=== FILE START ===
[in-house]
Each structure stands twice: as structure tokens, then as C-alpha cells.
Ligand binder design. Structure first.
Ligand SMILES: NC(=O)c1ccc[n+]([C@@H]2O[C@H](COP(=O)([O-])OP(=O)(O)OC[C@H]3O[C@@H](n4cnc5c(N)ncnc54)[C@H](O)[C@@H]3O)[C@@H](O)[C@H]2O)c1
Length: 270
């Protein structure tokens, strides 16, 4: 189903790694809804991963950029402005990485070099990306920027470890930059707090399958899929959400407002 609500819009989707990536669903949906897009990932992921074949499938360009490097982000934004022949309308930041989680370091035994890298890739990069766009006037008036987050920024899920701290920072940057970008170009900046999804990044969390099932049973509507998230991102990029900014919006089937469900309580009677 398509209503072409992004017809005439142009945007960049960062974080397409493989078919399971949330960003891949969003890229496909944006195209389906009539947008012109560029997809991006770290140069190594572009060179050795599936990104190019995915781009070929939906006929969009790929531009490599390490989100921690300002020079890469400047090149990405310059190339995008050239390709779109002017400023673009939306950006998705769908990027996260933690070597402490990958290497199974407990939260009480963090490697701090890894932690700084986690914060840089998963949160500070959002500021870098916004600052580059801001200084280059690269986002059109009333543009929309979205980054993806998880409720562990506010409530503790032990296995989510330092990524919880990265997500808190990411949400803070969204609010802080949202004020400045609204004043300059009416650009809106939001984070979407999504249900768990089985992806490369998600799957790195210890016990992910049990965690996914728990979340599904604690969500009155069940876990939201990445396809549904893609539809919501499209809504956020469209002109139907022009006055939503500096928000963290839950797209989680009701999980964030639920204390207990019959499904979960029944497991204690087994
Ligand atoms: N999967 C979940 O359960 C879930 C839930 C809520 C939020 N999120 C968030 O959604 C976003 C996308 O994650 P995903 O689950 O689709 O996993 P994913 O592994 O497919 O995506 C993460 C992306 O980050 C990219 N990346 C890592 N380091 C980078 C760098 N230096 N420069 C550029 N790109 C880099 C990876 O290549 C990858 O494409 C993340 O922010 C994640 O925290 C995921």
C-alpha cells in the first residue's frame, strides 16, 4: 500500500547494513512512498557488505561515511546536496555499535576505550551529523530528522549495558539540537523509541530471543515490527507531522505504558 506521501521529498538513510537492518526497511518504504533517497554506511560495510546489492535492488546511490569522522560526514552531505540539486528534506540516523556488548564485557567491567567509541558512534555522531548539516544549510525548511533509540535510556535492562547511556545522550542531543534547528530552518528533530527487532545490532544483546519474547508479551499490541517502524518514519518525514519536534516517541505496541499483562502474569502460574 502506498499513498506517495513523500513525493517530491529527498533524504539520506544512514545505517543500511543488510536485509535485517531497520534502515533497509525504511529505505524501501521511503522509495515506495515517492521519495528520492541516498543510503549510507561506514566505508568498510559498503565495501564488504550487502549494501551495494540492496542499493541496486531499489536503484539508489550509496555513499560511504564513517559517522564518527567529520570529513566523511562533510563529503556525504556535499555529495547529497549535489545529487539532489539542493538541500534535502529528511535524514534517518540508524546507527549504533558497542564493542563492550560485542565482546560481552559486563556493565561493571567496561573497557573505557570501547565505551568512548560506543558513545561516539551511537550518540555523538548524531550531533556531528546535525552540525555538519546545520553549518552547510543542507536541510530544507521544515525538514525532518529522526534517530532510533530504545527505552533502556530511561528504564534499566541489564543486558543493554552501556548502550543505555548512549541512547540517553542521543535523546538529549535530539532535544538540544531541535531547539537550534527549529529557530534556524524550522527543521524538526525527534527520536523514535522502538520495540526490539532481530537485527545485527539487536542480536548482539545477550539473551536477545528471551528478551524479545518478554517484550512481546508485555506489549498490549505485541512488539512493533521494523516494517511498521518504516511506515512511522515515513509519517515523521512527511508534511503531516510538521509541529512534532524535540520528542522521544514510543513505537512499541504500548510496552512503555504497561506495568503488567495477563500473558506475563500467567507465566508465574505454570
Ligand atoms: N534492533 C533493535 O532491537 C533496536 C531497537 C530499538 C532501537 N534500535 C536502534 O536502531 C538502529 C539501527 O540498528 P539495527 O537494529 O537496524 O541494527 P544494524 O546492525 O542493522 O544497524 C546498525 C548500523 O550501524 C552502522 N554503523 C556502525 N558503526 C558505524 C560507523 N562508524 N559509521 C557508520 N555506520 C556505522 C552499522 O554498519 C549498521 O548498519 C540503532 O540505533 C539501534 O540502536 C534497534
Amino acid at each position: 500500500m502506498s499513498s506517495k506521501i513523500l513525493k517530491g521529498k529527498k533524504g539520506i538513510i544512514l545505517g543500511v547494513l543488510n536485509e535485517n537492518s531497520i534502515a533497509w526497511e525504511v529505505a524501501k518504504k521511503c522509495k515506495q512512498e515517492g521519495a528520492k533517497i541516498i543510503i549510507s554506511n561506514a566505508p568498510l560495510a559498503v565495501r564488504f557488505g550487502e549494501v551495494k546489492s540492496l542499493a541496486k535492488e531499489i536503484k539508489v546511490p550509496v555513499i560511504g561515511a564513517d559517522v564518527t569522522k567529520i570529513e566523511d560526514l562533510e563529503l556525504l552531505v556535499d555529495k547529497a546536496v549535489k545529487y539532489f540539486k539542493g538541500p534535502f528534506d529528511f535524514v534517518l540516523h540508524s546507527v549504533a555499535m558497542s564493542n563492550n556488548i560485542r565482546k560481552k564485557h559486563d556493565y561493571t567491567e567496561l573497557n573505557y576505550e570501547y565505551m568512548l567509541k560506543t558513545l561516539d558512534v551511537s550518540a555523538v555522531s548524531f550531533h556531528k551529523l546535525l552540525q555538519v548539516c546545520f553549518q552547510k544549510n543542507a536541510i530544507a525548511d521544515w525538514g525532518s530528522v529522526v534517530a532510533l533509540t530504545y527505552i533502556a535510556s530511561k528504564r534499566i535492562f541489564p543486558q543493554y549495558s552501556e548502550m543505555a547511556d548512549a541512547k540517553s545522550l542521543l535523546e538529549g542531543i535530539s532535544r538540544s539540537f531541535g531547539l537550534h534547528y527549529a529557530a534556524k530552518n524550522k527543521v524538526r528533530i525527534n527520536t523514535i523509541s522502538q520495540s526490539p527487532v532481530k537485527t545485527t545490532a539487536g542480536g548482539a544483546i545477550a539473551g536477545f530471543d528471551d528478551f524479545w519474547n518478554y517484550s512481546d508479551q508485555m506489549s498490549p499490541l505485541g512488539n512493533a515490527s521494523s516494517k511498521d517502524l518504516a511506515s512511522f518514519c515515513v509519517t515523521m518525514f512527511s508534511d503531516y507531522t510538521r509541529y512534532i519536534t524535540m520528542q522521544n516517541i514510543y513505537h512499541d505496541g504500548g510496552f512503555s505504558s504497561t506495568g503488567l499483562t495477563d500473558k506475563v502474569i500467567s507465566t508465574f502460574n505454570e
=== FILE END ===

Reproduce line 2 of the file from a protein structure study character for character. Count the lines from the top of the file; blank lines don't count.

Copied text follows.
Each structure stands twice: as structure tokens, then as C-alpha cells.